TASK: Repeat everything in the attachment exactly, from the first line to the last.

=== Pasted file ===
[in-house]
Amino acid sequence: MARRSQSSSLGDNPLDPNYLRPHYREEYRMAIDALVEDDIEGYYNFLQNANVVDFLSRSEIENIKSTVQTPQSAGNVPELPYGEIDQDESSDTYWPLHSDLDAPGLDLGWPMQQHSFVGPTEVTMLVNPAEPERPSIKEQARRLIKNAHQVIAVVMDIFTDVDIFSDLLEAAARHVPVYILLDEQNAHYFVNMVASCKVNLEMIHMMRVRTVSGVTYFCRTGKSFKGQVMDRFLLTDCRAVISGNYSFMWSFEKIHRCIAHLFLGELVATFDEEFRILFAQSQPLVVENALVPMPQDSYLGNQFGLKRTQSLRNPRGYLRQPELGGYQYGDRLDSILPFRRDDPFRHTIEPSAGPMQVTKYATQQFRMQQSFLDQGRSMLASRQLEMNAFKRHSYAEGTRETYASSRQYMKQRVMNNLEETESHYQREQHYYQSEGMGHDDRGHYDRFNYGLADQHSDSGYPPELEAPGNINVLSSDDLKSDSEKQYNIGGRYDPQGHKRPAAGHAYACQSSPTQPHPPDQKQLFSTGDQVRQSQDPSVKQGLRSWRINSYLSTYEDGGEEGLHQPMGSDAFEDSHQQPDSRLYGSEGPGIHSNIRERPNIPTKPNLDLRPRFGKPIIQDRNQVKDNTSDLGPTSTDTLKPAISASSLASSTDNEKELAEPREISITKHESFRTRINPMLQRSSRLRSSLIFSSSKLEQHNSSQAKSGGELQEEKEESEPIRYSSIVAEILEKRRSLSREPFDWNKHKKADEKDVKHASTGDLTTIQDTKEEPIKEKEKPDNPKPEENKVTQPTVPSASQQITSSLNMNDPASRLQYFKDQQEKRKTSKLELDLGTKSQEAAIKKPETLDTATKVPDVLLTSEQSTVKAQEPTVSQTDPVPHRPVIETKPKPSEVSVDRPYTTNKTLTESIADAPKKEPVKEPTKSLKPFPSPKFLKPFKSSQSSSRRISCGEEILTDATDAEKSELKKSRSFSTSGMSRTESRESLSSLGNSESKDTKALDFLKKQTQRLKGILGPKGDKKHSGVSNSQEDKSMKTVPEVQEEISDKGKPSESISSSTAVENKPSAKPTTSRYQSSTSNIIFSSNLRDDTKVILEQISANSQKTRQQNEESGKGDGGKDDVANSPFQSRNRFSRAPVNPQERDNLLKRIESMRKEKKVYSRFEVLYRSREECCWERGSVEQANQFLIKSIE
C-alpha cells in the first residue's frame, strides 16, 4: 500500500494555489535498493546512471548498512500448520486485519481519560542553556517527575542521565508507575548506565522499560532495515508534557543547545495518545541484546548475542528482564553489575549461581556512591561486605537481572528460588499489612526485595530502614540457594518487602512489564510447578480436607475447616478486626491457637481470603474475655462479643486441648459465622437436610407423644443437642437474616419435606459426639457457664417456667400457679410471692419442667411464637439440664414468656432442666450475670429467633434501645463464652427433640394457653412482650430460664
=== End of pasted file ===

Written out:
[in-house]
Amino acid sequence: MARRSQSSSLGDNPLDPNYLRPHYREEYRMAIDALVEDDIEGYYNFLQNANVVDFLSRSEIENIKSTVQTPQSAGNVPELPYGEIDQDESSDTYWPLHSDLDAPGLDLGWPMQQHSFVGPTEVTMLVNPAEPERPSIKEQARRLIKNAHQVIAVVMDIFTDVDIFSDLLEAAARHVPVYILLDEQNAHYFVNMVASCKVNLEMIHMMRVRTVSGVTYFCRTGKSFKGQVMDRFLLTDCRAVISGNYSFMWSFEKIHRCIAHLFLGELVATFDEEFRILFAQSQPLVVENALVPMPQDSYLGNQFGLKRTQSLRNPRGYLRQPELGGYQYGDRLDSILPFRRDDPFRHTIEPSAGPMQVTKYATQQFRMQQSFLDQGRSMLASRQLEMNAFKRHSYAEGTRETYASSRQYMKQRVMNNLEETESHYQREQHYYQSEGMGHDDRGHYDRFNYGLADQHSDSGYPPELEAPGNINVLSSDDLKSDSEKQYNIGGRYDPQGHKRPAAGHAYACQSSPTQPHPPDQKQLFSTGDQVRQSQDPSVKQGLRSWRINSYLSTYEDGGEEGLHQPMGSDAFEDSHQQPDSRLYGSEGPGIHSNIRERPNIPTKPNLDLRPRFGKPIIQDRNQVKDNTSDLGPTSTDTLKPAISASSLASSTDNEKELAEPREISITKHESFRTRINPMLQRSSRLRSSLIFSSSKLEQHNSSQAKSGGELQEEKEESEPIRYSSIVAEILEKRRSLSREPFDWNKHKKADEKDVKHASTGDLTTIQDTKEEPIKEKEKPDNPKPEENKVTQPTVPSASQQITSSLNMNDPASRLQYFKDQQEKRKTSKLELDLGTKSQEAAIKKPETLDTATKVPDVLLTSEQSTVKAQEPTVSQTDPVPHRPVIETKPKPSEVSVDRPYTTNKTLTESIADAPKKEPVKEPTKSLKPFPSPKFLKPFKSSQSSSRRISCGEEILTDATDAEKSELKKSRSFSTSGMSRTESRESLSSLGNSESKDTKALDFLKKQTQRLKGILGPKGDKKHSGVSNSQEDKSMKTVPEVQEEISDKGKPSESISSSTAVENKPSAKPTTSRYQSSTSNIIFSSNLRDDTKVILEQISANSQKTRQQNEESGKGDGGKDDVANSPFQSRNRFSRAPVNPQERDNLLKRIESMRKEKKVYSRFEVLYRSREECCWERGSVEQANQFLIKSIE
C-alpha cells in the first residue's frame, strides 16, 4: 500500500494555489535498493546512471548498512500448520486485519481519560542553556517527575542521565508507575548506565522499560532495515508534557543547545495518545541484546548475542528482564553489575549461581556512591561486605537481572528460588499489612526485595530502614540457594518487602512489564510447578480436607475447616478486626491457637481470603474475655462479643486441648459465622437436610407423644443437642437474616419435606459426639457457664417456667400457679410471692419442667411464637439440664414468656432442666450475670429467633434501645463464652427433640394457653412482650430460664